How could the Bengals go into the
season without replacing the experience they lost at receiver with Carl
Pickens' departure and Darnay
Scott's broken leg? Because they're cheap. Always have been. So
the Bengals sat idly by while other teams scooped up Vincent
Reed and Robert
Brooks when they were available.
The result? Smith has the youngest
group of receivers in the NFL to throw to. Considering he's an
extremely inexperienced quarterback, he's learning on the fly along
with his weapons. He has no safety valve he can always rely on to
bail him out when he gets in hot water. There's a ton of
miscommunication between him and rookie starters Peter Warrick and
Ron Dugans, resulting in many incompletions.
You would figure Warrick would put
up good numbers. How couldn't he? The Bengals will be trailing every
game by halftime and they'll have no choice but to throw the ball on
almost every down. Even with the double coverage he sees, Warrick
should be able to have close to 1,000 yards and six touchdowns.
Dugans is another story. He has
been invisible. He's only caught three balls in two contests so far.
Could he be another Florida State receiver bust along the lines of Tamarick
Vanover and Kez McCorvey? It's too early to tell. James
Hundon would have been a nice insurance policy, but alas, he was
And what about poor Corey
Dillon? How is he supposed to prosper in an offense that has so
much youth in its passing game? He has to face eight-man fronts all
the time. His rushing numbers have been putrid (73 yards in two
games) The Bengals will probably come
together late in the season, as they always do. For the first eight
to 10 games, however, Smith, Dillon, Warrick, Dugans and company are
going to be putting up less than stellar statistics.
Leaf + Mike Riley + No Receivers + No Running Game = The Worst
Offense In Football. Imagine you're the man behind the
management decisions of the Chargers. You're hoping in the preseason
that Ryan Leaf keeps his mouth shut and emerges as your starting
quarterback. That happens. Wouldn't you attempt to make things as
easy as humanly possible for him to succeed, knowing that he would
need all the help he could because the man is a walking time bomb?
Yes, you would.
But you're not running the
Chargers. They decide to saddle Leaf with a running attack led by a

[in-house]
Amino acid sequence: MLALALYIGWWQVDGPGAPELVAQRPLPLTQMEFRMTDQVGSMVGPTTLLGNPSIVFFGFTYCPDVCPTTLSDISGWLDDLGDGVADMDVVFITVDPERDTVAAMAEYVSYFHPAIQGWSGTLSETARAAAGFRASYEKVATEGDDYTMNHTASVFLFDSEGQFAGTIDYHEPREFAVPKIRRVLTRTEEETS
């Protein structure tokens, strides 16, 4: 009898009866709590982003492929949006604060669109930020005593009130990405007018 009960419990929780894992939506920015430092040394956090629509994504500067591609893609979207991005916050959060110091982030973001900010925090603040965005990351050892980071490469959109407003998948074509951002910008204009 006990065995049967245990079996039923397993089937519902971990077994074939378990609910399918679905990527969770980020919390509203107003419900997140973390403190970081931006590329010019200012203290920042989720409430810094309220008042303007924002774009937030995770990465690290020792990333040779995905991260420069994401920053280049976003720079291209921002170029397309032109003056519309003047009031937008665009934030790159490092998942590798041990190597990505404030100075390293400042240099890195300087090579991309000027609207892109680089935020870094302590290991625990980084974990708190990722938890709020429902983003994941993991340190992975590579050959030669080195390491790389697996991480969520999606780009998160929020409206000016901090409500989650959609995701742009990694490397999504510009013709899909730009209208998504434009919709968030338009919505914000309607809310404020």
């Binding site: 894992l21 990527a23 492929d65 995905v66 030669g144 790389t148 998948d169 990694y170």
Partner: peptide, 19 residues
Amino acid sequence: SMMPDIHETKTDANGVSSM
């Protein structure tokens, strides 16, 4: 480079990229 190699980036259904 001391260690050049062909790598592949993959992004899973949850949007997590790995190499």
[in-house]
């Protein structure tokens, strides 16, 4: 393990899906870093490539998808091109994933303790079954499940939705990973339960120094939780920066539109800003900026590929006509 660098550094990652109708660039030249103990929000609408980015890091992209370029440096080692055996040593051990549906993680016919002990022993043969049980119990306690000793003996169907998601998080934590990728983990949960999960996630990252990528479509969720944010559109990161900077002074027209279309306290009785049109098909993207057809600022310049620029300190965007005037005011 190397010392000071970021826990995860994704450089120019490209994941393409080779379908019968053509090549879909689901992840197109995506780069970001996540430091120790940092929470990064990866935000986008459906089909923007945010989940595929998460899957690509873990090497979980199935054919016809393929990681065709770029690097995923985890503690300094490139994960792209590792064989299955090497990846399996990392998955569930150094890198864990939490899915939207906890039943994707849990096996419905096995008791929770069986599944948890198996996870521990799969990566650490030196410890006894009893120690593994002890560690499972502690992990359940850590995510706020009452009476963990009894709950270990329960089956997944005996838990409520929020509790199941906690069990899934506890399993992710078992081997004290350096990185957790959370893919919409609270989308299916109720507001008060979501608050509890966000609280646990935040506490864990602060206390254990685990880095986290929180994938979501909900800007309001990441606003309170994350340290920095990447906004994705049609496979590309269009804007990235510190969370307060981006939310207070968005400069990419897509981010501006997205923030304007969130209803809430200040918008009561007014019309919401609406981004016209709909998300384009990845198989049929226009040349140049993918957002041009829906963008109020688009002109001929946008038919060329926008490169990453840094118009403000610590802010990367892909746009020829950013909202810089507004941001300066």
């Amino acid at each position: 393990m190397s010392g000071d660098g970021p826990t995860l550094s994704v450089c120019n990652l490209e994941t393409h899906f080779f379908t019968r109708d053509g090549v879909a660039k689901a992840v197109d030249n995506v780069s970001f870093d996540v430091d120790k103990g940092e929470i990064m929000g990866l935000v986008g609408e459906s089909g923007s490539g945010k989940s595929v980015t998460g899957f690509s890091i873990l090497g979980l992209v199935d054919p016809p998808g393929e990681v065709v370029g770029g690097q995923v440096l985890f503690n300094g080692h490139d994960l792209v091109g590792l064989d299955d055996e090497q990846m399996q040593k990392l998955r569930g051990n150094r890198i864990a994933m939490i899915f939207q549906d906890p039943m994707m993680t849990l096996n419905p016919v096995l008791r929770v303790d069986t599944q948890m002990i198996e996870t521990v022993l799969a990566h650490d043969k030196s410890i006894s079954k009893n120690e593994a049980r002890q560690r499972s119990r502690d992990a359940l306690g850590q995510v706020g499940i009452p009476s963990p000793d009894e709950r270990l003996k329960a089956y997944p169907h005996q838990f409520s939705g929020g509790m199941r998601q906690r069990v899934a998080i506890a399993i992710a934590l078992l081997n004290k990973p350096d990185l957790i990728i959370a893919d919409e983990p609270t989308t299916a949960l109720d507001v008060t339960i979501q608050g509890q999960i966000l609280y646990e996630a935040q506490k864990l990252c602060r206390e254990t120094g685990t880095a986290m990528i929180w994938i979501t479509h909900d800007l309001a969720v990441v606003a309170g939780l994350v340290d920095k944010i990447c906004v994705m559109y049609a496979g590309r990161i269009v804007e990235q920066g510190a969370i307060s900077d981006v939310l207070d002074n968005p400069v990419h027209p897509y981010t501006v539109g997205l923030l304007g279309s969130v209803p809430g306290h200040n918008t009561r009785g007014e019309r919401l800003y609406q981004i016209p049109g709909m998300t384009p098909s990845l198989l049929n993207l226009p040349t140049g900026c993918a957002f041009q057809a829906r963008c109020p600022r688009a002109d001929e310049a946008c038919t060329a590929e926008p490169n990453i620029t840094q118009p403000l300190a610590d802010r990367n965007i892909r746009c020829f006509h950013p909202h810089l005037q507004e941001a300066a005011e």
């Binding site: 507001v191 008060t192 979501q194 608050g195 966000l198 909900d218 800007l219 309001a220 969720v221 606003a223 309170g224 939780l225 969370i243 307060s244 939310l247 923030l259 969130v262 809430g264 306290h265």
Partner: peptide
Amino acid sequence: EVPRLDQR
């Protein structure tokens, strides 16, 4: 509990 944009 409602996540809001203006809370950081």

guy -- Robert
Chancey -- who was Dallas' third-string running back in 1999.
They give him Curtis
Conway and Jeff
Graham as his two primary wide receivers. Granted, these two are
more experienced than the pair in Cincy, but Swann and Stallworth
It would have been much better for
Leaf to play with these two five years ago, when they were good. Now
they're overrated, injury-prone and no longer threats.
Add to the mix coach Mike Riley,
who seems a bit impatient when it comes to handling Mr. Leaf. You
don't bench the poor guy after just two games if Moses
Moreno is the next option. Now he's forced to go back to him.
It's a total mess.
Leaf is beginning to crack. His
comments to the media this week about not feeling supported
shouldn't make rotisserie owners of him very happy. Truth is, he's
right. He's been set up to take a big fall for the Chargers'
failures this season. Just pray if you have Leaf in your lineup that
your league doesn't subtract points for interceptions.
The Bengals and Chargers are down
in the dumps and have been for a while now. It's because of the
moves by the front offices that these teams are in such poor shape,
and that the players on the teams have little rotisserie value.
RUN AND SHOOT: In last week's
column, I ripped Minnesota coach Dennis Green for running Robert
Smith too much, going back on his word to lighten his early
season workload. What do I do now? Smith ran the ball 29 times
against New England. At this pace, he'll be found on the injury
report by Week Six.
The knee injury suffered by Buffao
tight end Jay
Riemersma comes at a very unfortunate time. He was ready to jump
into the top five at the tight end position. Luckily, he's only
going to miss five weeks.
Collins might only have 12 career catches, but he does have some
skills. He had a 45-yard reception last year, a rarity for a tight
end. He also had two touchdowns. He could be a good pickup on your
league's waiver wire if you own Riemersma.
And two more receivers bite the
dust. Tennessee's Kevin
Dyson and Chicago's Bobby
Engram went down this week with season-ending injuries, raising
the number of injured receivers to seven and counting. This is
really getting out of hand.
The loss of Dyson makes Chris
Sanders more valuable. He'll probably get a start this week if Yancey
Thigpen can't go because of a tender hamstring. He's good for
only a catch or two per game, but normally his catches are long
ones. This shouldn't really hurt Steve
McNair or Pickens' numbers too much.
Engram was never a huge rotisserie
factor. His eight-catch, 50-yard performances never did much for me.
He did do a good job on third downs, however. Cade
McNown definitely will be affected by his absence.
Kennison. Easily one of the worst rotisserie receivers the past
three years, Kennison now gets another chance with another team to
shine. He failed miserably in St. Louis and New Orleans. There's no
reason to think the same won't happen in Chicago. He's as fast as
the wind, but if you're not strong enough to get off the line and
you run bad routes, speed doesn't mean much. You'd be better off
picking up Marty
Booker, Chicago's other option to replace Engram.